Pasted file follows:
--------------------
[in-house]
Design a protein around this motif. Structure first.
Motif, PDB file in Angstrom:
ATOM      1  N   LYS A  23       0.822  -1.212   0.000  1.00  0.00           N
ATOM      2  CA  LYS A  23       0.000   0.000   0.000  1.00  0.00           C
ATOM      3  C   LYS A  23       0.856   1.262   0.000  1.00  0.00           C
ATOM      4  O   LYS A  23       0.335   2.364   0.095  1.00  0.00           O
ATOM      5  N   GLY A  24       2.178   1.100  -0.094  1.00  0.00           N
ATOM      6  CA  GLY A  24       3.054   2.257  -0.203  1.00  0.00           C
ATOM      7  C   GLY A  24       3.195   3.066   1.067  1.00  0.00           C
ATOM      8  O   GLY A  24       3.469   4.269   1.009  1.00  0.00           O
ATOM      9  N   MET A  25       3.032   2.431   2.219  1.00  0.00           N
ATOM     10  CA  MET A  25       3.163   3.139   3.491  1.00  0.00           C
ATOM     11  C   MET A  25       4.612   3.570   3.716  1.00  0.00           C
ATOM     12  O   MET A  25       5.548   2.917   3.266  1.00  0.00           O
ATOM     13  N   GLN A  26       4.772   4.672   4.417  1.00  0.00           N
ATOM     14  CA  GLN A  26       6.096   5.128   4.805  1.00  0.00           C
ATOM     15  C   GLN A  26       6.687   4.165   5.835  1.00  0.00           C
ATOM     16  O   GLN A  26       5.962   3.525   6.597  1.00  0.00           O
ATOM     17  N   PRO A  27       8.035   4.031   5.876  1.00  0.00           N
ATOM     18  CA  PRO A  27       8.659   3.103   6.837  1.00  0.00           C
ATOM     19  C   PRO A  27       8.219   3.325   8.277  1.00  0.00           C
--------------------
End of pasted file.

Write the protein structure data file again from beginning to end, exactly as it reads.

[in-house]
Design a protein around this motif. Structure first.
Motif, PDB file in Angstrom:
ATOM      1  N   LYS A  23       0.822  -1.212   0.000  1.00  0.00           N
ATOM      2  CA  LYS A  23       0.000   0.000   0.000  1.00  0.00           C
ATOM      3  C   LYS A  23       0.856   1.262   0.000  1.00  0.00           C
ATOM      4  O   LYS A  23       0.335   2.364   0.095  1.00  0.00           O
ATOM      5  N   GLY A  24       2.178   1.100  -0.094  1.00  0.00           N
ATOM      6  CA  GLY A  24       3.054   2.257  -0.203  1.00  0.00           C
ATOM      7  C   GLY A  24       3.195   3.066   1.067  1.00  0.00           C
ATOM      8  O   GLY A  24       3.469   4.269   1.009  1.00  0.00           O
ATOM      9  N   MET A  25       3.032   2.431   2.219  1.00  0.00           N
ATOM     10  CA  MET A  25       3.163   3.139   3.491  1.00  0.00           C
ATOM     11  C   MET A  25       4.612   3.570   3.716  1.00  0.00           C
ATOM     12  O   MET A  25       5.548   2.917   3.266  1.00  0.00           O
ATOM     13  N   GLN A  26       4.772   4.672   4.417  1.00  0.00           N
ATOM     14  CA  GLN A  26       6.096   5.128   4.805  1.00  0.00           C
ATOM     15  C   GLN A  26       6.687   4.165   5.835  1.00  0.00           C
ATOM     16  O   GLN A  26       5.962   3.525   6.597  1.00  0.00           O
ATOM     17  N   PRO A  27       8.035   4.031   5.876  1.00  0.00           N
ATOM     18  CA  PRO A  27       8.659   3.103   6.837  1.00  0.00           C
ATOM     19  C   PRO A  27       8.219   3.325   8.277  1.00  0.00           C